Bird-friendly farming in grasslands

The nest and brood of the generalist African Pipit, one of the few species that breed both regularly and successfully in community grazed lands. (Photo: Ian Little)

The nest and brood of the generalist African Pipit, one of the few species that breed both regularly and successfully in community grazed lands. (Photo: Ian Little)

The intense agricultural practices of developed countries are a major threat to birdlife, as is expanding agriculture in developing countries. But enhanced agricultural best practices can provide surrogate habitats for some bird species without compromising the economics of livestock farms. With best practice, farmlands can be rich in birds, and even support a diversity of species close to that of natural systems.

Grasslands are the world’s largest terrestrial ecosystem, covering 5.3 billion hectares, or 40% of the global land area. Two-thirds of grasslands are farmed, contributing to rangeland for domestic animals and livelihoods and food for billions of people. Grassland goods and services generate more than 90% of the world’s milk, 70% of the world’s mutton and 35% of the world’s beef. They also provide irreplaceable wildlife habitats and valuable ecosystem services, such as carbon storage and upstream water regulation for many major river systems.

Despite their uniform appearance, grasslands are one of South Africa’s most diverse ecosystems, supporting more than 3 300 plant species, 15 of the country’s 34 endemic mammals and 12 of the 40 endemic bird species, five of which are globally threatened. South Africa’s grasslands host five Ramsar wetland sites and comprise around 16.5% of the country’s land surface, but are one of the most threatened ecosystems, with more than 60% irreversibly transformed and only 2.8% formally protected (the Ramsar Convention is an international treaty for the sustainable use and conservation of wetlands, named after the city of Ramsar in Iran).

Moist highland grasslands in South Africa, of which only 1.5% are conserved, were historically maintained by winter and spring fires, probably at intervals of four years or more, and by summer grazing by migratory, medium-sized antelope. Today, these grasslands are managed by livestock farmers, who in most areas burn annually at the start of the rainy season, in early summer, coinciding with the onset of the breeding season for birds. The two major drivers of grassland disturbance — fire and grazing — have therefore been altered dramatically.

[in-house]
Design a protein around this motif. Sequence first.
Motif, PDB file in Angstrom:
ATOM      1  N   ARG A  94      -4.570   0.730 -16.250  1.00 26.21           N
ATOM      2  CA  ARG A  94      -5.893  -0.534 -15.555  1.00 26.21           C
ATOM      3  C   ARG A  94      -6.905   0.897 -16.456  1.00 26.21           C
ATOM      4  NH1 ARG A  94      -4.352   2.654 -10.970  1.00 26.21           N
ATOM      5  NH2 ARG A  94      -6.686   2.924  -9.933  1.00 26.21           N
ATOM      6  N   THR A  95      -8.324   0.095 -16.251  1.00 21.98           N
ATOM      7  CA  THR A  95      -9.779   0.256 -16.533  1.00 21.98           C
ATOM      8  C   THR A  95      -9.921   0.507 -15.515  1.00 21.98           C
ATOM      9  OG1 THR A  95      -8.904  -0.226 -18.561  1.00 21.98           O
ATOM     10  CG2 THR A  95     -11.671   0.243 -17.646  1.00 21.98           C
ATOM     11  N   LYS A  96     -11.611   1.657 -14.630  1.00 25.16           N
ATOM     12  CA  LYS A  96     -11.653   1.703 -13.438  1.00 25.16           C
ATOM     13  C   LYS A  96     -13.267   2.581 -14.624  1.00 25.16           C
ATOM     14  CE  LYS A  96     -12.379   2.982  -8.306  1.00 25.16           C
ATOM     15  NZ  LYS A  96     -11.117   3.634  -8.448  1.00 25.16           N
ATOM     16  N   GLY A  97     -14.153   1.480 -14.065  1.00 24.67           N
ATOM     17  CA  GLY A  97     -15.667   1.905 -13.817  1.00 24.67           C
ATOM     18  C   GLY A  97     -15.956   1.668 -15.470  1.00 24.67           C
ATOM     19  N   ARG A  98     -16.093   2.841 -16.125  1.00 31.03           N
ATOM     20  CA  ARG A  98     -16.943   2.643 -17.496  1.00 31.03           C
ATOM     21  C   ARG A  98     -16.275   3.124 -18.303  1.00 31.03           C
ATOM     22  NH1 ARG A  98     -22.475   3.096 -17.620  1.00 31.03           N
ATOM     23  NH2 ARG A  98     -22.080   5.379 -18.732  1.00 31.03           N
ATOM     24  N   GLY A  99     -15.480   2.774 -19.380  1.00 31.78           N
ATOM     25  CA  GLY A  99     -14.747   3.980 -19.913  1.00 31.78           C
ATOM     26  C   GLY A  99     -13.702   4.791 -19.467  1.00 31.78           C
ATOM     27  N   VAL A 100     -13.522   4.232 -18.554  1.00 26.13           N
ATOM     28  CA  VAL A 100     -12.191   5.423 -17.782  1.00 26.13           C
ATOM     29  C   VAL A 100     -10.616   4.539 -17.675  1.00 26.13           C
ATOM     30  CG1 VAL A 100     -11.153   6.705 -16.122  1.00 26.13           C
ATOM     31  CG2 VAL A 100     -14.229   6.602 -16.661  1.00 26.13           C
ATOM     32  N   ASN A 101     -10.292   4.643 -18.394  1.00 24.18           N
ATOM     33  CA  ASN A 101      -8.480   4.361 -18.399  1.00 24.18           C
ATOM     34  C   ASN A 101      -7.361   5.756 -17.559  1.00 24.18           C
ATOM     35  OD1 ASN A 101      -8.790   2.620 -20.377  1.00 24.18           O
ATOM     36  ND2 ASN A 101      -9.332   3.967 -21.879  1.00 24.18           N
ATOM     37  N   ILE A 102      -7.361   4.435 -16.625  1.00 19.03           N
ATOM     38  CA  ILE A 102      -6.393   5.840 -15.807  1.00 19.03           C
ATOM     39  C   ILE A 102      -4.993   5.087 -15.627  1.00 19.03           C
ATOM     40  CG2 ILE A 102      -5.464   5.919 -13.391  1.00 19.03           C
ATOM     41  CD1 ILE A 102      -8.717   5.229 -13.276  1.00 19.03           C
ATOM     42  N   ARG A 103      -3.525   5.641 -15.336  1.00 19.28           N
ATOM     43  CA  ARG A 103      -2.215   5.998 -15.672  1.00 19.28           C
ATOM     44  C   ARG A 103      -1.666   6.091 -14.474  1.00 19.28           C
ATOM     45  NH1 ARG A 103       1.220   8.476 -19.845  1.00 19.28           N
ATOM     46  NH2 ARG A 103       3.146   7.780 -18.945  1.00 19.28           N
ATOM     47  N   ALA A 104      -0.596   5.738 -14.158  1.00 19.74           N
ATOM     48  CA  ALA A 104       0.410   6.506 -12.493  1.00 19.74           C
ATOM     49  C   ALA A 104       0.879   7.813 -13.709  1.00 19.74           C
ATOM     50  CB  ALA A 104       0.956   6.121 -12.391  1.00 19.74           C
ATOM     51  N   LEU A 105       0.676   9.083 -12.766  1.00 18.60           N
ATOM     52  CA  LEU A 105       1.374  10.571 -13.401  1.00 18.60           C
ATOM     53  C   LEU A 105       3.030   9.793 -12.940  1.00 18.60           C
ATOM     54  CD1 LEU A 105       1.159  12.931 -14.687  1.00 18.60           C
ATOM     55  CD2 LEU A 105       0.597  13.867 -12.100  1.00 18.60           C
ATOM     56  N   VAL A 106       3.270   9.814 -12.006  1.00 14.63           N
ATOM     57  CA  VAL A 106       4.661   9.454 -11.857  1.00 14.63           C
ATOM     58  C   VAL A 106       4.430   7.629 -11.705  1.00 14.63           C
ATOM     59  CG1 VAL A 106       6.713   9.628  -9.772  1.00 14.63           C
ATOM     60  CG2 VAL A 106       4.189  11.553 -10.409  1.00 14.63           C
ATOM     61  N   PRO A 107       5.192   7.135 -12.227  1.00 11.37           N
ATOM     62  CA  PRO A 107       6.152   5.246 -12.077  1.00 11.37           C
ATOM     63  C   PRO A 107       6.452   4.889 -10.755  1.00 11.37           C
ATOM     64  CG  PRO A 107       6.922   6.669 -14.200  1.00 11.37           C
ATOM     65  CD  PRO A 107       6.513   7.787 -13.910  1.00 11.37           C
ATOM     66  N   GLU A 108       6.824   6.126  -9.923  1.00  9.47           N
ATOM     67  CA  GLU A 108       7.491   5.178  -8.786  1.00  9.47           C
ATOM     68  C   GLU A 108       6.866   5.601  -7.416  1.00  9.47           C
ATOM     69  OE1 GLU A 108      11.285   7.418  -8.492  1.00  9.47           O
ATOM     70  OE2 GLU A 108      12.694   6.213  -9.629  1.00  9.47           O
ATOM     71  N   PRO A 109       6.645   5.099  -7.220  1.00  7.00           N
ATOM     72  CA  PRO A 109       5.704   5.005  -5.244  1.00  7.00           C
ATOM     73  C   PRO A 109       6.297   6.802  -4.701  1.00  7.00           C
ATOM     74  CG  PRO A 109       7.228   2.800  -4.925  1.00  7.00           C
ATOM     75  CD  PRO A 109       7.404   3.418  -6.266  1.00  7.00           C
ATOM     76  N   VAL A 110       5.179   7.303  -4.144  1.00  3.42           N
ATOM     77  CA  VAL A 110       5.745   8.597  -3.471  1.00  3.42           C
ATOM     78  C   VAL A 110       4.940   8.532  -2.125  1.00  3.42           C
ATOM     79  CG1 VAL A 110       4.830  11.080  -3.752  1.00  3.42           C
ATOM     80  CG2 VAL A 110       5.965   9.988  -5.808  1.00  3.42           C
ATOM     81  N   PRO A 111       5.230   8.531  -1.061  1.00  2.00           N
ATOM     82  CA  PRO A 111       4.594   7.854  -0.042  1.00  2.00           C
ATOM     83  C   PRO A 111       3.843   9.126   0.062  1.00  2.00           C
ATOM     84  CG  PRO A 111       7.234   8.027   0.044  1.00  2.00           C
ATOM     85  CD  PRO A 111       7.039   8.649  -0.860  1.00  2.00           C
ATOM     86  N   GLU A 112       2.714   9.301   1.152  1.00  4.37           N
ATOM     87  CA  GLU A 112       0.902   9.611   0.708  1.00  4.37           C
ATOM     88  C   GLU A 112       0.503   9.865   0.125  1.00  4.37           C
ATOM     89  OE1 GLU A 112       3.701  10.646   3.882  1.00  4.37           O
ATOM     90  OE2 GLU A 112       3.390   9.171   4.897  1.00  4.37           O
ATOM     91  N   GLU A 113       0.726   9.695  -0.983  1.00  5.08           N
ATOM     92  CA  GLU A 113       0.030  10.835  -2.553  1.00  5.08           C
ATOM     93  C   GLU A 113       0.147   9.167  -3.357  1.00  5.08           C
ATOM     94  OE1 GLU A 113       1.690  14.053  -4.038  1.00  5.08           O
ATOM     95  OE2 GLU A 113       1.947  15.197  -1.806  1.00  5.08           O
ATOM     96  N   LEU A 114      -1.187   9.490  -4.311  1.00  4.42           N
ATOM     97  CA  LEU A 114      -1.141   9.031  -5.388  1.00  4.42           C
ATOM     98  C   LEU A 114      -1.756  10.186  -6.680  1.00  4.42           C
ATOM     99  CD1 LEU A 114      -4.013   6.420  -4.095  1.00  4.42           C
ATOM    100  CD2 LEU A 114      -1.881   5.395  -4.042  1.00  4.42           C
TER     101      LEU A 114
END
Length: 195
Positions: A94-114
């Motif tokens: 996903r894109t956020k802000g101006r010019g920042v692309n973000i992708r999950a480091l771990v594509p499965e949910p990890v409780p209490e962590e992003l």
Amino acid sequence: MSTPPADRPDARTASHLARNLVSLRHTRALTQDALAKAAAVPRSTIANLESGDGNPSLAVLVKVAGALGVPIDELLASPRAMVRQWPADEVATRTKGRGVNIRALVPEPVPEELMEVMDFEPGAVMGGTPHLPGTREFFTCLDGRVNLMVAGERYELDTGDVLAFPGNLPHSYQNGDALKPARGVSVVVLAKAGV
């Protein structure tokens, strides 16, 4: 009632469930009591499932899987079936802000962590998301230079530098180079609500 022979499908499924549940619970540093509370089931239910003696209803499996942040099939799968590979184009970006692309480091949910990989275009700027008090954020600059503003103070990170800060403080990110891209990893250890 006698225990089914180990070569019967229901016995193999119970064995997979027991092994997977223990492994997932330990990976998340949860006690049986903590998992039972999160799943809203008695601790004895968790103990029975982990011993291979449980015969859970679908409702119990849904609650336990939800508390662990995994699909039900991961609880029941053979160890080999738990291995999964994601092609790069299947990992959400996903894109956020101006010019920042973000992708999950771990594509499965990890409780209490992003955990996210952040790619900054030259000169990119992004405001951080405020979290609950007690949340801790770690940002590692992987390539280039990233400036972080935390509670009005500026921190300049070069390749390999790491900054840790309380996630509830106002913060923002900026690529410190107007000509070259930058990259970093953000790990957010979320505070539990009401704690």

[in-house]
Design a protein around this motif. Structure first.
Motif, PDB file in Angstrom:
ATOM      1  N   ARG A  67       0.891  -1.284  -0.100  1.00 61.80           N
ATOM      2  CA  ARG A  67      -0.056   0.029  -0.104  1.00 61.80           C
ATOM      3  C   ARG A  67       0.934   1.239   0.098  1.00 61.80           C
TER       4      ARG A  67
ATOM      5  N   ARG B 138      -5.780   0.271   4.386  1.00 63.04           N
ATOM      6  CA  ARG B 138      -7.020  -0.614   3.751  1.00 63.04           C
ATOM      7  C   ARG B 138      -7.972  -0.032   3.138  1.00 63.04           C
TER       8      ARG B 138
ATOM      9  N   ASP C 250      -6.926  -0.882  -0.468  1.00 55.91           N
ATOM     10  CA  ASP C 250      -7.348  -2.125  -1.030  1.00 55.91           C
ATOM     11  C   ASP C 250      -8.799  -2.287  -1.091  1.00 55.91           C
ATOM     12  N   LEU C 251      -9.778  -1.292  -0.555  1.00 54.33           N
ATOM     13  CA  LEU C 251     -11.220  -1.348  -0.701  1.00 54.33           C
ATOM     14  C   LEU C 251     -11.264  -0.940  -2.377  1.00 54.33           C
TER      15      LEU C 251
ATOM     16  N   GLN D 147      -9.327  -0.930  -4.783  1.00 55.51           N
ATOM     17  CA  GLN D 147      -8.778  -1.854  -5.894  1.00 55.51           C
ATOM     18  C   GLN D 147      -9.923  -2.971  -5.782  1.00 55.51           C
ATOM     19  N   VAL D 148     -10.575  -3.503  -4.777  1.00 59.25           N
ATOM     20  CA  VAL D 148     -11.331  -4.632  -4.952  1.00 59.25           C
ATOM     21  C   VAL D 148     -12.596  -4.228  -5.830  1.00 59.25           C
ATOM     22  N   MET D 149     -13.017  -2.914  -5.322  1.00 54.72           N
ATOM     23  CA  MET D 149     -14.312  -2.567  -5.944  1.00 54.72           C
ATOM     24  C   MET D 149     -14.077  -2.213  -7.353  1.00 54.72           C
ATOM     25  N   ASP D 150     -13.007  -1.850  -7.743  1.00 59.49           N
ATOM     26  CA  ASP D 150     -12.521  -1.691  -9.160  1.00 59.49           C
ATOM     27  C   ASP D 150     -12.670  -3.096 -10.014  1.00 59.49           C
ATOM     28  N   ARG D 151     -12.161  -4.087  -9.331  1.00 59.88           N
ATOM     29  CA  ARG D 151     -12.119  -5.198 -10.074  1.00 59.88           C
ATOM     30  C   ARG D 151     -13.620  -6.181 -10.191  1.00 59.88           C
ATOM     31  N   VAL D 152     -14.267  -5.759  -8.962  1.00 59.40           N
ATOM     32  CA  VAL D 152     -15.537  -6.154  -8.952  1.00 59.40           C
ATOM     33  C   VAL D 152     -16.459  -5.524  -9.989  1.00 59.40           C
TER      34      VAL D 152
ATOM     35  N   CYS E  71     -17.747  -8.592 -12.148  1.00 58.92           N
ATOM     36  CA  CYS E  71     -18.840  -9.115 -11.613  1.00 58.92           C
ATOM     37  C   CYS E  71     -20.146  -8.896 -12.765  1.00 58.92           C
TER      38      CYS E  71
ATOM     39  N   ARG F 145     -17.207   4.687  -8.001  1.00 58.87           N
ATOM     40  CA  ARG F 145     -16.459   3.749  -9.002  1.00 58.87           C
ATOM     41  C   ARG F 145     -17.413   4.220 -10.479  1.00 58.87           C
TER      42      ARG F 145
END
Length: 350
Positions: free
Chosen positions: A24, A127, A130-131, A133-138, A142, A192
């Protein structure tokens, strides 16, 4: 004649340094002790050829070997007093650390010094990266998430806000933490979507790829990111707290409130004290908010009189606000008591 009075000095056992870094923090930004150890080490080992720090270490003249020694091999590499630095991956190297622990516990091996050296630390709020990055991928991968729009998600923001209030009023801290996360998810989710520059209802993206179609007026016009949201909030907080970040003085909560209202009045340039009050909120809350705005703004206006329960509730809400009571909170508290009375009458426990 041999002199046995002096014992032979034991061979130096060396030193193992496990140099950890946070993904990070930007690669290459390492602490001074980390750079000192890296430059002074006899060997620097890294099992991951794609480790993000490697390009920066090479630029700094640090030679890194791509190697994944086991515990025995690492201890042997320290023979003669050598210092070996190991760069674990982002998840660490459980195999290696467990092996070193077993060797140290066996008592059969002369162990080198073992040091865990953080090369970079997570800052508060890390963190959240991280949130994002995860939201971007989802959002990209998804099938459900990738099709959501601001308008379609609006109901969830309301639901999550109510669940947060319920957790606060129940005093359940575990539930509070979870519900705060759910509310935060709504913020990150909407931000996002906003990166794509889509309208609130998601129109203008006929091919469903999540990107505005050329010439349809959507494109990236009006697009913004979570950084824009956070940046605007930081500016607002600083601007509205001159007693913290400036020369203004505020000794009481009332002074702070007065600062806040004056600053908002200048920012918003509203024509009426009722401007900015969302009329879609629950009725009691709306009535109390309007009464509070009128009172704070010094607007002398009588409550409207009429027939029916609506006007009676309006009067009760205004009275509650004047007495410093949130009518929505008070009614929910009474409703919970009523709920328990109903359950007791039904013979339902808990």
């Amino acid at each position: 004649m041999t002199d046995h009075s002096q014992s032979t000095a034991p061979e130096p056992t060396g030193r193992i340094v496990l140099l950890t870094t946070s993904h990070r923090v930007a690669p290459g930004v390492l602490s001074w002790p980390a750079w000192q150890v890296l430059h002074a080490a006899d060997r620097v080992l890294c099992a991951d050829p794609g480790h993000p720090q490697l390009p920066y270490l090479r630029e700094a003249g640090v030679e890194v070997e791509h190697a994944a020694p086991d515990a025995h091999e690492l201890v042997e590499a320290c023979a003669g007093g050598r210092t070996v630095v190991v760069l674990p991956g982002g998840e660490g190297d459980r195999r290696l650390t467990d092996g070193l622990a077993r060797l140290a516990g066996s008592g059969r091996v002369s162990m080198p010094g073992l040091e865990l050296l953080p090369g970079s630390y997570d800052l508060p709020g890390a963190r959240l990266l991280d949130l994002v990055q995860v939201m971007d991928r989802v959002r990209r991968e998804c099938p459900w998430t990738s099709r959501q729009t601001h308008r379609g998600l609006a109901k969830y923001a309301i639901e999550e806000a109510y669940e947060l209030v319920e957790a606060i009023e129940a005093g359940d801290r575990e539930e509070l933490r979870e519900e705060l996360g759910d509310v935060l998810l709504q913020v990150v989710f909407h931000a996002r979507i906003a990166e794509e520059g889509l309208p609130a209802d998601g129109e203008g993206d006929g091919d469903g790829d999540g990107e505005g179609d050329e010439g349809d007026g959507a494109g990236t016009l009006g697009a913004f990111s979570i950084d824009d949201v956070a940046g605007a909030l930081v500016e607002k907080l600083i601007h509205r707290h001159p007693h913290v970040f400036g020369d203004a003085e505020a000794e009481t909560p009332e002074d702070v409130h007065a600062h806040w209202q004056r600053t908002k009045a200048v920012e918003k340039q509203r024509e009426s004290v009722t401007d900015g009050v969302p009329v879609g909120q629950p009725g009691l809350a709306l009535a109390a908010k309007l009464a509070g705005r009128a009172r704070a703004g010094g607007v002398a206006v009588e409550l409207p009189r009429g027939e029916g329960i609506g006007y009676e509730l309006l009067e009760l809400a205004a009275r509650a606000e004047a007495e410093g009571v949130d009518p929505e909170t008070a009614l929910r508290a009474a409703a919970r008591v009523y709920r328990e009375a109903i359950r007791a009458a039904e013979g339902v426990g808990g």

Research by the Percy Fitzpatrick Institute of African Ornithology at the University of Cape Town investigated how fire and grazing interact to influence communities of plants, invertebrates and ultimately, birds. The institute was identified as a Centre of Excellence in 2004 by the department of science and technology and the National Research Foundation.

The project’s scope included a nature reserve, various farming practices and communal lands that lack a managed fire regime. It was found that in terms of vegetation quality, burn frequency has an over-riding effect. Annual burning negatively impacts both plant species diversity and vegetation structure, and a combination of frequent fires and heavy grazing can result in a low, lawn-like sward.

Communal lands look much the same, even though fires are not managed, simply because grazing pressure is so high. Frequent burning also affects the diversity of invertebrates, with diversity being lowest in annually burned areas. However, in terms of food for birds, the pattern is somewhat different. Grasshoppers, which are the favoured food for many insectivorous birds, dominate the invertebrate fauna. They also respond positively to burning, and are most abundant at sites that have been burned in early summer, reaching peak abundance towards late summer.

The different responses of vegetation and invertebrates to management practices create a conundrum for birds. Food is most abundant in areas burned in the breeding season, yet the short grass sward provides little concealment for nests. These grasslands are rich in predators, with snakes being the main predators of eggs and chicks. If birds aggregate where food is abundant, then bird density may not mirror reproductive success, because predators easily locate nests in these sites. In other words, bird density may not provide an honest signal of bird performance.

Following up on more than 400 nests, we found that nest site selection and nest success are driven by vegetation structure, which itself is driven by management. For birds that build cup nests on the ground, nest success rates increase through the season, because predation rates fall as vegetation grows. Incorporating plant, insect and bird diversity data in analyses, we confirmed the importance of conserved areas for birds in moist highland grasslands. We showed unequivocally that current farm management practices have significant negative repercussions for bird abundance, species richness, nest density and fledgling output.

We further confirm that the increasingly popular use of “holistic” grazing practices in intact high altitude grassland systems can actually have a detrimental effect on grassland biodiversity. On the plus side, however, we found that some simple changes to management practices could translate into immediate biodiversity benefits without compromising the economics of livestock farms. If managers burn biennially or every three years in a patchwork, so that their farms contain grasslands of different “ages”, biodiversity benefits will be demonstrable and immediate.

Dr Rob Little works at the Percy Fitzpatrick Institute of African Ornithology at the University of Cape Town. Dr Ian Little is senior manager: habitats at the Endangered Wildlife Trust in South Africa